Willis out, Robinson questionable - East Valley Tribune: Sports

Willis out, Robinson questionable

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Posted: Sunday, April 20, 2003 10:49 pm | Updated: 1:29 pm, Thu Oct 6, 2011.

SAN ANTONIO - The Spurs, already hit with the suspension of Kevin Willis for tonight, also may be without center David Robinson.

Robinson suffered a left knee injury in a collision with Stephon Marbury in Game 1 on Saturday.

The Admiral is undergoing tests and is listed as questionable for tonight's Game 2.

If he can't go, the Spurs could be in trouble, as Willis — who would help step in for Robinson — was suspended by the NBA for tonight's game for elbowing the Suns' Scott Williams in the throat in Game 1. Willis was ejected. Teammate Tim Duncan said, "We've done a great job of covering for (Robinson) when he's been out."

But without Willis, the Spurs would be down to key bench player Malik Rose filling in for Robinson, with little in reserve. Robinson hurt the Suns by cutting to the hoop when Duncan was double-teamed. He shot 8-for-8 and totaled 18 points and nine rebounds.

"When you get a great game like that out of David, and you lose, you feel like you've wasted it," said Spurs coach Gregg Popovich. "He's not going to do that every game."

Suns coach Frank Johnson, presuming Robinson will play, said, "We'll have to make adjustments."


You score 24 points, grab nine rebounds and make the game-tying 3-point shot in regulation of a playoff game, you work up an appetite.

So when Amare Stoudemire ordered lobster Saturday night, he went for the biggest crustacean many of his Suns teammates had ever seen.

“Had to be six pounds,” said Scott Williams.

“Easy,” said Tom Gugliotta.

Stoudemire, who also had a side of green beans and mashed potatoes, couldn't finish the lobster. But he got his money's worth.

Gugliotta picked up the tab.

“Treating the rookie right,” Gugliotta said. “And he did make a pretty big shot.”


Much is made of the fact that the winner of Game 1 goes on to win 7-game series 79 percent of the time.

But this certainly doesn't apply to series matching up a No. 1 seed vs. a No. 8. The top-seeded team has gone 36-2 in these situations.

And keep in mind that until this season, these first-round series have been best-of-five affairs. The new best-of-seven format should favor the top-ranked team even more.


Popovich had high praise for Johnson before the series started.

He called the Suns’ coach a "kick in the butt."

"He's in every play. He knows his players' skills. He loves his team.

"He played smart. He coaches smart. "I enjoy watching him."


No matter what they say, the Spurs have to be fighting off such ideas that the Suns are a bad matchup for them, or that the underdog is somehow destined to win this series.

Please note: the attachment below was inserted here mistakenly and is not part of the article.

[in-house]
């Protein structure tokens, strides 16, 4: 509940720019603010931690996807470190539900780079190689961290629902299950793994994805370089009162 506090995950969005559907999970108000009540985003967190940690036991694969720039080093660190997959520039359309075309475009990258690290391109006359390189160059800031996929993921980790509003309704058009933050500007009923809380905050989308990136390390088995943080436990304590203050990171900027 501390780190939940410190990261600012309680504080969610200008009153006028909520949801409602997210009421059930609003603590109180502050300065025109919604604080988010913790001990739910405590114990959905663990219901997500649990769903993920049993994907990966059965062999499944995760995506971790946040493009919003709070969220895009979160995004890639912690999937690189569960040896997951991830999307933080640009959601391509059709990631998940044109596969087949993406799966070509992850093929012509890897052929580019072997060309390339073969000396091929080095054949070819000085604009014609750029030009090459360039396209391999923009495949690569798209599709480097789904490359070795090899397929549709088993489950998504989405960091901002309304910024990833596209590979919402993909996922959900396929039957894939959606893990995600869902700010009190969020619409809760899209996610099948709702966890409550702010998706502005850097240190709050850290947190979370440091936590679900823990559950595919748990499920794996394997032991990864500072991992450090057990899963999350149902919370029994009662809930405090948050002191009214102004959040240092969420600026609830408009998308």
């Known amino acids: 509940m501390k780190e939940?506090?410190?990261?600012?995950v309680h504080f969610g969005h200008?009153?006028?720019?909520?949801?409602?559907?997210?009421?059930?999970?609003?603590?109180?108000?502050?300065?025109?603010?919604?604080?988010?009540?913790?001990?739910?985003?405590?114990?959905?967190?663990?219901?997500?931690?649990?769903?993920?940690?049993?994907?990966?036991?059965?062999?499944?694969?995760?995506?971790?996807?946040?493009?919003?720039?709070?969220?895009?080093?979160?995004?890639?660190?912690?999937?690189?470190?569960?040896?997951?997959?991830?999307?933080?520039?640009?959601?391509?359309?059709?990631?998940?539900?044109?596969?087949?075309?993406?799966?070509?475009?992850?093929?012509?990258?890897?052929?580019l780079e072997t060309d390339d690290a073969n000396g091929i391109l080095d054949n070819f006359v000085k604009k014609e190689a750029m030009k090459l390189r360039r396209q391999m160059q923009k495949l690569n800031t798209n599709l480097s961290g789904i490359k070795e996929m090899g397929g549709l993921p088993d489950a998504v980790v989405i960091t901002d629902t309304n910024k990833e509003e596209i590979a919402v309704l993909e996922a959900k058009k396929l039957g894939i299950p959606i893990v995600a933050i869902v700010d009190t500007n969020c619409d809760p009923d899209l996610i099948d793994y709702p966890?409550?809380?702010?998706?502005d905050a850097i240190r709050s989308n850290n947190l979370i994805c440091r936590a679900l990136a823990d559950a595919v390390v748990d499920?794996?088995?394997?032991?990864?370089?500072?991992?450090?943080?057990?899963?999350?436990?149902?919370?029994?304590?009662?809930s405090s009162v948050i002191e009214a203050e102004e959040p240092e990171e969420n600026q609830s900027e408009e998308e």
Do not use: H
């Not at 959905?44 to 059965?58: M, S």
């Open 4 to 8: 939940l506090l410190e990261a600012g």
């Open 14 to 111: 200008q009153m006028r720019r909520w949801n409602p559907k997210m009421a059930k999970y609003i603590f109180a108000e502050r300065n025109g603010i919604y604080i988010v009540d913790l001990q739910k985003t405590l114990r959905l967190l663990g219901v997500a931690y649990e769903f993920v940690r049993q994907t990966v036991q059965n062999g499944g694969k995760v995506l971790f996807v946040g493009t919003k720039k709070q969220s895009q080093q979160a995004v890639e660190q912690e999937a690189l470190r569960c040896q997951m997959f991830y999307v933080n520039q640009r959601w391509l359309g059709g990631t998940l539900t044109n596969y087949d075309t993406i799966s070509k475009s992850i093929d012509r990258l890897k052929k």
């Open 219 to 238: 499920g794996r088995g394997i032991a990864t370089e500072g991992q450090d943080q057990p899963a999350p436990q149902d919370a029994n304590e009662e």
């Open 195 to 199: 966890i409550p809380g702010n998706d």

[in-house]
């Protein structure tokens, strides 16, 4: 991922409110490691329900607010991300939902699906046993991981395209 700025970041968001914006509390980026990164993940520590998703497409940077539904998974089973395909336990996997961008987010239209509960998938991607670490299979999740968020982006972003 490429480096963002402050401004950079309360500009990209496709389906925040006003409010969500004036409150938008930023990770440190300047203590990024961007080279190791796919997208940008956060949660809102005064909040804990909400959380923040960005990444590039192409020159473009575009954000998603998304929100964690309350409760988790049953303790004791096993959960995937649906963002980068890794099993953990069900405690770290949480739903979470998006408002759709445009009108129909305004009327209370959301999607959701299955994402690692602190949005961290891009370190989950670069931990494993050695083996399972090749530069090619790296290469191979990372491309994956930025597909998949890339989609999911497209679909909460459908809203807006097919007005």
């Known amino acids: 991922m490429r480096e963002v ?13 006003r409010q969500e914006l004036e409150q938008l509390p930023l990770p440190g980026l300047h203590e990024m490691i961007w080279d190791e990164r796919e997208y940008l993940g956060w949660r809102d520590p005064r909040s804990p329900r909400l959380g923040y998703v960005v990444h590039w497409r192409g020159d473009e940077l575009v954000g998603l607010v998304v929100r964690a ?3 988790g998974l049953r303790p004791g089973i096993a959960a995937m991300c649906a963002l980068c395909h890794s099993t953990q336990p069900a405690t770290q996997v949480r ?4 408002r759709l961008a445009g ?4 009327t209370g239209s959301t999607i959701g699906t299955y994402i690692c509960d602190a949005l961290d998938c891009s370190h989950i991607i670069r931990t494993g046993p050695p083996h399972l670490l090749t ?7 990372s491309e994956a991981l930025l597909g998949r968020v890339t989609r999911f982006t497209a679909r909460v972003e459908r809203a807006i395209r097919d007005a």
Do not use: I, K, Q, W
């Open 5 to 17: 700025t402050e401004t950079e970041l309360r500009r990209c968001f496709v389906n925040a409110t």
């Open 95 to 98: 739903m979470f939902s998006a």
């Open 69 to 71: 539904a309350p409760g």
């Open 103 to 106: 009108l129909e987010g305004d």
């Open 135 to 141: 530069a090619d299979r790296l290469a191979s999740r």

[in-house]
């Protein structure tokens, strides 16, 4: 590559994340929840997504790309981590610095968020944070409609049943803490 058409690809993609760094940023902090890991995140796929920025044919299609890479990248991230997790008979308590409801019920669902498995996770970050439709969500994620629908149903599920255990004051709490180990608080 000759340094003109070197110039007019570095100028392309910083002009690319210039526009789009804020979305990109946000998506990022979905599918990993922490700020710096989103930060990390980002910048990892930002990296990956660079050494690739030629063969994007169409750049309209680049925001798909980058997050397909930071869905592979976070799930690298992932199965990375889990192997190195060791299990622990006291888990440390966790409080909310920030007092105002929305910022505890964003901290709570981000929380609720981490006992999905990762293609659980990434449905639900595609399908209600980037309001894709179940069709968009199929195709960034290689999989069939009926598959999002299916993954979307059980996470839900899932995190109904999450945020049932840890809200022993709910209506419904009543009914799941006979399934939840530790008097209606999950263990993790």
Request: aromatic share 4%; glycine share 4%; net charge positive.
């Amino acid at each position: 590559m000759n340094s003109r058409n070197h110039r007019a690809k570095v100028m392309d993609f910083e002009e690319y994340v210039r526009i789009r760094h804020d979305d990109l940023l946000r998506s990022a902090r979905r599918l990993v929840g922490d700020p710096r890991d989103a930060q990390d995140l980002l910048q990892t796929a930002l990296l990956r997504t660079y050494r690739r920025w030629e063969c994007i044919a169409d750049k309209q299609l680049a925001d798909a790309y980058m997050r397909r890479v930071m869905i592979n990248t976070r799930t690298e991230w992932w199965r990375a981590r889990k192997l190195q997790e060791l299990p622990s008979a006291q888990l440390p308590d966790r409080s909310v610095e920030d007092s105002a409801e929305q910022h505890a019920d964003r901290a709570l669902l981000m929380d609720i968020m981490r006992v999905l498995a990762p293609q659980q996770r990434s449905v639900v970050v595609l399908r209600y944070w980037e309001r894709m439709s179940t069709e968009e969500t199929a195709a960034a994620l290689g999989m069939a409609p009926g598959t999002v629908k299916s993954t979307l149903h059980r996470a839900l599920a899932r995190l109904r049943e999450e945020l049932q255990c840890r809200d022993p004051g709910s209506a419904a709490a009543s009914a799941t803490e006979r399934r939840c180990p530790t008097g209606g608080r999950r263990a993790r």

After all, the Suns have now gone 4-1 against the NBA's top team, counting the regular season.

Though Johnson protests the Suns could easily be 1-4 against them, Suns guard Penny Hardaway said, "It's got to be in the back of their heads."

He recalls a playoff series featuring his Orlando team against Philadelphia. The 76ers had beaten them 3-1 in the season series, but the Magic "made excuses" for this, citing back-to-back situations that should be discounted.

Then the Sixers came out and beat them in the playoff opener.

“That put it in our heads that, ‘Maybe this team is better than we thought,’ ” Hardaway said. Indeed, the Sixers won the series.

Popovich strongly disagreed with the idea that a Suns upset was "in the stars," saying, "Everyone knows this is a tough matchup" for the Spurs. "But if we play the same defense (as in Game 1), I'll be thrilled."

Though he admitted Game 1 "was a tough loss," he's not thinking doom and gloom.

"People are dying all over the world. This is just a silly basketball game."


At one point during the game, the ever-manic Johnson hollered for his players to cover Spurs rookie Manu Ginobili. He even demonstrated personally, by reaching out and grabbing Ginobili briefly by the arm.

Said Johnson, repeating an old sports phrase, "If you're not cheating, you're not trying. That's what I've been told."


The big news, outside of the miraculous finish, was that rookie Stoudemire was able to play with the big boys on the world's biggest stage in his first playoff game.

Stoudemire came out energized.

"I wanted to show those guys the Phoenix Suns are no joke," Stoudemire said.

Then he came out of the game, a move Johnson suggested later was a goof on his part.

"I began to question myself when I took him out early," he said. "That's when the Spurs made their run."

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